As a boy, I was fascinated by the Civil War. I had an illustrated history, and I would spend hours poring over its maps of great battles. When I got older, I read and re-read Bruce Catton’s histories. As an adult, I immersed myself in Ken Burns’ documentary. And when we moved to the South, I took advantage of the opportunity to visit battlefields and monuments.
Only later did it strike me that all these historical accounts shared a common flaw: they glossed over the causes of the war, and the African American experience before, during, and after it. In their fascination with the intricacies of military maneuvers and their tribute to the valor and sacrifice of soldiers on both sides, they often failed to explain what all the tactics and carnage were about. For example, while there are hundreds of Civil War memorials, there are only a handful of memorials to abolitionists, African American Civil War soldiers, the Reconstruction period, or the thousands of African Americans who were lynched in the decades following the war. I have gradually realized that this omission was not accidental.
In his magisterial reflection on the evolution of the Civil War in American memory, Race and Reunion, David Blight tells the story of how the South, having lost the war, proceeded over the next century to win the battle for the public interpretation of the war. The Southern narrative of the romance of magnolia-scented plantation days and the heroism of the Lost Cause gradually won the hearts and minds of Northerners. Eager to put sectional grievances behind them, Northerners and Southerners tacitly agreed to embrace a narrow, distorted vision of the war and its aftermath. In doing so, they conveniently neglected to mention that the Lost Cause was the cause of perpetuating slavery, that the Confederate soldiers who fought so valiantly were fighting, consciously or not, for a system as evil as the one that German soldiers fought for in the Second World War.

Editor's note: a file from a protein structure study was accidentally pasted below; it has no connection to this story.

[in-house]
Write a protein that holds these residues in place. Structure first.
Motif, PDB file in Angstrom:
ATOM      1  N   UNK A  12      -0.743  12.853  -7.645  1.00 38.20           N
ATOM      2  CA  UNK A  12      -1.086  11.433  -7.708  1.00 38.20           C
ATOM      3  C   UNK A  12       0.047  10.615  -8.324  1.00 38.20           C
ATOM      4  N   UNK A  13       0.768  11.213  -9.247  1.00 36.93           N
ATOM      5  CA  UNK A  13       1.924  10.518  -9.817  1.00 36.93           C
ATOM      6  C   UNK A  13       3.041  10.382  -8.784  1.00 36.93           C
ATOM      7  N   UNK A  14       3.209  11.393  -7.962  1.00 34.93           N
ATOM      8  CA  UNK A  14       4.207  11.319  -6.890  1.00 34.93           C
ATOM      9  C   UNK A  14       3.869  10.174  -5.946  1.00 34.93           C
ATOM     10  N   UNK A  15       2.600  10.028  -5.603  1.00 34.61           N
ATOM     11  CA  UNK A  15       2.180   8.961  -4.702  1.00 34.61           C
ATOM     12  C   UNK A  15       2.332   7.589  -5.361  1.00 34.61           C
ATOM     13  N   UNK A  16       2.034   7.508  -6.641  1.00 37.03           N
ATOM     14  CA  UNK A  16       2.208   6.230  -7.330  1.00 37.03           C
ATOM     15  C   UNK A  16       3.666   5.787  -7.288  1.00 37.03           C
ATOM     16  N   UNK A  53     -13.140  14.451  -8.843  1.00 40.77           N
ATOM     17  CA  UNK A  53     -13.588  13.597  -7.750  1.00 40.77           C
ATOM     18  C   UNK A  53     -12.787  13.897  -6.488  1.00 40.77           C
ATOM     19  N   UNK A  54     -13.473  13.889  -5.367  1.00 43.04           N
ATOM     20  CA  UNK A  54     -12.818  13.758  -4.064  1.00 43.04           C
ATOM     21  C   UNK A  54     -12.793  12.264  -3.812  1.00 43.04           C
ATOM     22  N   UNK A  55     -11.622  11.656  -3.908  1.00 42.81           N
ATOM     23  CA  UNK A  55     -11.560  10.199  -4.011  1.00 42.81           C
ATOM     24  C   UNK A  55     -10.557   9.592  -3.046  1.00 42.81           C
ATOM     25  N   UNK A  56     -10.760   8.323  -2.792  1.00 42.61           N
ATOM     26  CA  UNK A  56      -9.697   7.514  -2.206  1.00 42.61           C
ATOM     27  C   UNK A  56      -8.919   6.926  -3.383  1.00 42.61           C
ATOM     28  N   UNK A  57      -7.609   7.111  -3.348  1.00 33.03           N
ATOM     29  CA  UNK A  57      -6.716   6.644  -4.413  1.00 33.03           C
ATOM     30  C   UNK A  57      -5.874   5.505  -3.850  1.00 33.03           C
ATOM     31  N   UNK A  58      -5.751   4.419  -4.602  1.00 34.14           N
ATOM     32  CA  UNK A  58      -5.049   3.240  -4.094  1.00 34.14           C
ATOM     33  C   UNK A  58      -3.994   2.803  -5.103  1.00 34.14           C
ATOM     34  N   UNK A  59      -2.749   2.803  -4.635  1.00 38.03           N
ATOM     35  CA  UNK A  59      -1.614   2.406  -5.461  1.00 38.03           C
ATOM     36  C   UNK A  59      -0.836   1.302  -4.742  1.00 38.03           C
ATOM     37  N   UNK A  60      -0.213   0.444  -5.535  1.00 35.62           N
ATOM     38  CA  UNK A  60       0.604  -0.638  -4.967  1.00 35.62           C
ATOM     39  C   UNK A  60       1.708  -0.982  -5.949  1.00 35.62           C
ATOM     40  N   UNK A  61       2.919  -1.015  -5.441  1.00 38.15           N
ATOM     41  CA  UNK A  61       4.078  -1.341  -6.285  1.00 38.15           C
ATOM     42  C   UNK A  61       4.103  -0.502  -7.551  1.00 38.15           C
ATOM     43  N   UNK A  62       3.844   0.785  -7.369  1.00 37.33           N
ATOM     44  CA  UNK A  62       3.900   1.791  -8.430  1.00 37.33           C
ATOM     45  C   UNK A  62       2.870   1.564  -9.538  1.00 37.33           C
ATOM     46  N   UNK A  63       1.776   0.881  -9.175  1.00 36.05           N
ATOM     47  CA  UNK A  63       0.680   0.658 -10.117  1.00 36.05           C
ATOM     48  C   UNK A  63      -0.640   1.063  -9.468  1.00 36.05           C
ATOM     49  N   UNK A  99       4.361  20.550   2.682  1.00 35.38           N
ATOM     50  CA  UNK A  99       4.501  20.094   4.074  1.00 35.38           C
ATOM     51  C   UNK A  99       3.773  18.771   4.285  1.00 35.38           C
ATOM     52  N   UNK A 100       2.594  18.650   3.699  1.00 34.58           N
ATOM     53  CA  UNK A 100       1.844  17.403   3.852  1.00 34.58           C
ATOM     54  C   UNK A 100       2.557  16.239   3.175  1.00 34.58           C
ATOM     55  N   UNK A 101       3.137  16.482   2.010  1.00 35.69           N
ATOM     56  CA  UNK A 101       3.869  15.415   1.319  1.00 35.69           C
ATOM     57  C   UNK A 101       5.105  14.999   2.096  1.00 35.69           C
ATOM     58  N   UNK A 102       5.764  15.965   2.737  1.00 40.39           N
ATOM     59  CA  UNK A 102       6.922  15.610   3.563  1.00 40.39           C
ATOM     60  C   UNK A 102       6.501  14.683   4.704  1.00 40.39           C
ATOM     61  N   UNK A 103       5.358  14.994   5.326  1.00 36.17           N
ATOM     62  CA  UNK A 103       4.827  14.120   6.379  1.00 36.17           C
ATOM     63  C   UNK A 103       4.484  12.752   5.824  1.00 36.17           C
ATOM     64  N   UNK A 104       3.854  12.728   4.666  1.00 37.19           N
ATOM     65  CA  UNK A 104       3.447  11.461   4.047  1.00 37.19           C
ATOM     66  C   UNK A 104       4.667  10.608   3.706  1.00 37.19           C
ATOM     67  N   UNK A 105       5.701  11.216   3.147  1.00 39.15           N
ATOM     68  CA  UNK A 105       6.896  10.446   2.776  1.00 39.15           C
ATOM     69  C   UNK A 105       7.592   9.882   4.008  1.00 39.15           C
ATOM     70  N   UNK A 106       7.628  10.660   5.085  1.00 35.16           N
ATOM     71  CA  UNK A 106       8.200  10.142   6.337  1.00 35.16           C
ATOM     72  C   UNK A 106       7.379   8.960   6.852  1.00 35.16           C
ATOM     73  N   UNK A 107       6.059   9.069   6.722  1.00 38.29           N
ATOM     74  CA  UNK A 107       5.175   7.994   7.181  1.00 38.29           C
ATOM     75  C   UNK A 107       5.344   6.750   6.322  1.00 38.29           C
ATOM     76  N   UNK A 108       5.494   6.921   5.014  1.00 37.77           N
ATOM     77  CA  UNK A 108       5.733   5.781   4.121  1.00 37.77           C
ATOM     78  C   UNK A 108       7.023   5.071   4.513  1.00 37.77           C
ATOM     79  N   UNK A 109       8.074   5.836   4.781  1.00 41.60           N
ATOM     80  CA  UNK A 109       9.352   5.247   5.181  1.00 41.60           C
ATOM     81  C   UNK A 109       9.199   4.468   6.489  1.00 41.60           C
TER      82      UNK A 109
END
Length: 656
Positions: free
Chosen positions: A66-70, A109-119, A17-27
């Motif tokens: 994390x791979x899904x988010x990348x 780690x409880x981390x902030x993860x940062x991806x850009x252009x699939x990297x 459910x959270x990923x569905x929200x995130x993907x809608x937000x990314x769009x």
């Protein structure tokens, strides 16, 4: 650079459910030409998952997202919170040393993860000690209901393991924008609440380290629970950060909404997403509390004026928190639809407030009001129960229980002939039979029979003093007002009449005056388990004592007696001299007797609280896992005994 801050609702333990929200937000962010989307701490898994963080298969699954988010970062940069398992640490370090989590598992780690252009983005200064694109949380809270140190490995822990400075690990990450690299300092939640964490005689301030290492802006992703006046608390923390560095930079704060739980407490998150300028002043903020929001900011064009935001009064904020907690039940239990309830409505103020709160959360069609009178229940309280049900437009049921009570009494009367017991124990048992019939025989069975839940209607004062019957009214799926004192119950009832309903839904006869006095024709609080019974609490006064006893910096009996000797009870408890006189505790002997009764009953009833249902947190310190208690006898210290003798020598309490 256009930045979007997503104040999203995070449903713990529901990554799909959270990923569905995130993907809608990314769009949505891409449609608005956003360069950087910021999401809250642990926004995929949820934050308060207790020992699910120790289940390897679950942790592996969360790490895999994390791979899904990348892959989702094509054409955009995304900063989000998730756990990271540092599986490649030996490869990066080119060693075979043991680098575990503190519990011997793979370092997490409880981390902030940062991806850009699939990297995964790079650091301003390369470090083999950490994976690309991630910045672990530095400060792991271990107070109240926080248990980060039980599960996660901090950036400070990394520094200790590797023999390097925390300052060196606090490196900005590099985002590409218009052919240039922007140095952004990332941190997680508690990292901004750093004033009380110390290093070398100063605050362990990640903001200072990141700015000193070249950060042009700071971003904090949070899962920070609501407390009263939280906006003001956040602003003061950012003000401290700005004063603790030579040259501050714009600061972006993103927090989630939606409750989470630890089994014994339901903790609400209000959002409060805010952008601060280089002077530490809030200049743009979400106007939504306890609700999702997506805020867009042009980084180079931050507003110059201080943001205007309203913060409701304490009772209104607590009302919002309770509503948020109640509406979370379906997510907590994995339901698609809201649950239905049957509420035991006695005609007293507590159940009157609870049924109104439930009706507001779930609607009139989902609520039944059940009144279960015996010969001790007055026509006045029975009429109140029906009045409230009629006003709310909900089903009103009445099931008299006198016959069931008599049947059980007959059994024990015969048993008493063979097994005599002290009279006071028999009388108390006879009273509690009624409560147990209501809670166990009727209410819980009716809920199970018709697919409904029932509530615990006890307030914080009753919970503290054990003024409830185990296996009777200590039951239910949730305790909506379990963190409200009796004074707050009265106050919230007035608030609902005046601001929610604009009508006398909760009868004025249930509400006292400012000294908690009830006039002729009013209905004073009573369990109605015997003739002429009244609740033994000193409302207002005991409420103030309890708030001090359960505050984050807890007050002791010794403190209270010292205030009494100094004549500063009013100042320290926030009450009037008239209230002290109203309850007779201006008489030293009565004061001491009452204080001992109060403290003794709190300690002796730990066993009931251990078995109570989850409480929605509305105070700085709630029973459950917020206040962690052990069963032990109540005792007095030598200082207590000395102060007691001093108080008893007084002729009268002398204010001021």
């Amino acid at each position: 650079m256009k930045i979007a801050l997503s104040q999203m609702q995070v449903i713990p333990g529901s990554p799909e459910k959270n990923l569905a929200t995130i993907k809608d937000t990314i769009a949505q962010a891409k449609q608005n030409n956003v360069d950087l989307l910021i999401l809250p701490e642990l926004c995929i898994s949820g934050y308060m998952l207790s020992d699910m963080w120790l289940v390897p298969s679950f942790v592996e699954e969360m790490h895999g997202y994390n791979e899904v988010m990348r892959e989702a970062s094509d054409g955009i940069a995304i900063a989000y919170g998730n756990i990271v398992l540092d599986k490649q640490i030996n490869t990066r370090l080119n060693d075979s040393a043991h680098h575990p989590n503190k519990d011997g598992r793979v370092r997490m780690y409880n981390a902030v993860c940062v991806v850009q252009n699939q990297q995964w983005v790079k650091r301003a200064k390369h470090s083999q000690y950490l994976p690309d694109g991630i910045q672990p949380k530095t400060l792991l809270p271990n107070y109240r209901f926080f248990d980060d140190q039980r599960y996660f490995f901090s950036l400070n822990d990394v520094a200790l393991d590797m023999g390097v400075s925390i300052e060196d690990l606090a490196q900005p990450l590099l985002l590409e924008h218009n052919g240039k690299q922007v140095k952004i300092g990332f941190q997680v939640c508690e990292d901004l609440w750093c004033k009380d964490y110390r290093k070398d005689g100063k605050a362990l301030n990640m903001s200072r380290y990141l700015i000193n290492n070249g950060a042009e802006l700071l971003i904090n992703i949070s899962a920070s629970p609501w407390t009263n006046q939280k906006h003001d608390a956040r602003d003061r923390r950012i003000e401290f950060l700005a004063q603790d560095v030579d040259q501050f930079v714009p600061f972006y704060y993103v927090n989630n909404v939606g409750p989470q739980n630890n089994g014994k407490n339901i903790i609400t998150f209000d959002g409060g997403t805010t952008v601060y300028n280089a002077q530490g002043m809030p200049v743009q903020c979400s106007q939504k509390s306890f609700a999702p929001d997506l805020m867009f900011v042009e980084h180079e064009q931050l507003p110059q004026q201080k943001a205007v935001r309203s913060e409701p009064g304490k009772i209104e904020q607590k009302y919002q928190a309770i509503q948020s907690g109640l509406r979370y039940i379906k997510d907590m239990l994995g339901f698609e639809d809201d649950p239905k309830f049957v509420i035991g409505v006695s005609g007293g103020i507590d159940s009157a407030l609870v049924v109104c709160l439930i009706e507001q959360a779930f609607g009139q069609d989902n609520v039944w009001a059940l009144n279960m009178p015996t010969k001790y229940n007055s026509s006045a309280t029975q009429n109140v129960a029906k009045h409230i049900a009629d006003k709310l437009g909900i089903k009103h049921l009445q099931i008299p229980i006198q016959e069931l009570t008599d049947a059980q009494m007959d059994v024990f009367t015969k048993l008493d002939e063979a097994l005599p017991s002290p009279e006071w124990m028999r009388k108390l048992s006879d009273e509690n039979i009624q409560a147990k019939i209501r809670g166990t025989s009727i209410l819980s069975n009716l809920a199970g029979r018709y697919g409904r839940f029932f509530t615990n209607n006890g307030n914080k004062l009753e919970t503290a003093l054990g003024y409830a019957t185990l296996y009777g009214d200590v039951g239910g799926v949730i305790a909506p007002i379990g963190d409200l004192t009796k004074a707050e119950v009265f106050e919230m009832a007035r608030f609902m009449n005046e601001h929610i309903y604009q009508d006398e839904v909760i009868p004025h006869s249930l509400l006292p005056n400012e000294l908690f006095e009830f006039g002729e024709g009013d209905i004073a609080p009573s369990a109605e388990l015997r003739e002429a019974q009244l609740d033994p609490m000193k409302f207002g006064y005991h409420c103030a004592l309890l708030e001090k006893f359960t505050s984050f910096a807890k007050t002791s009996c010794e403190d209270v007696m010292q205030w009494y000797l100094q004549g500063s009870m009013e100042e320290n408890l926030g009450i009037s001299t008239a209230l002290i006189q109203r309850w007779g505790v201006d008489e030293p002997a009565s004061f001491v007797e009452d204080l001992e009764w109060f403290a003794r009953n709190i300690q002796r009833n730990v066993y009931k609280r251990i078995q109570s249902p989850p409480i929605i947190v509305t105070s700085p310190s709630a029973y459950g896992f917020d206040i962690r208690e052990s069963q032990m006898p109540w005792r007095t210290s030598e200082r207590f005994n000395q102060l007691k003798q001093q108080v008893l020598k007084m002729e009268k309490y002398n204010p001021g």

At best, African Americans were absent from this vision. At worst, whites in the North bought into the Southern stereotype of childish, loyal slaves who loved their masters and were woefully unprepared for emancipation – think Margaret Mitchell. Reconstruction was treated as a terrible mistake, a vindictive outrage perpetrated upon noble Southern aristocrats, a time of mercenary carpetbaggers, treacherous scalawags, and corrupt, incompetent African American politicians, rather than what it actually was – the high point of African American political power and of this nation’s commitment to racial justice. The Battle of Gettysburg was obsessively recounted and reenacted, but Lincoln’s promise in his Gettysburg Address of a new birth of freedom and equality, a full realization of this country’s founding principles that extended their promise to include African Americans, was swept under the carpet.
(Part 2 will appear tomorrow. In the meantime: are their painful stories in our own histories that we obscure with a re-telling that tries to ignore the truth and in the process twists human dignity? There is much here on which to reflect.)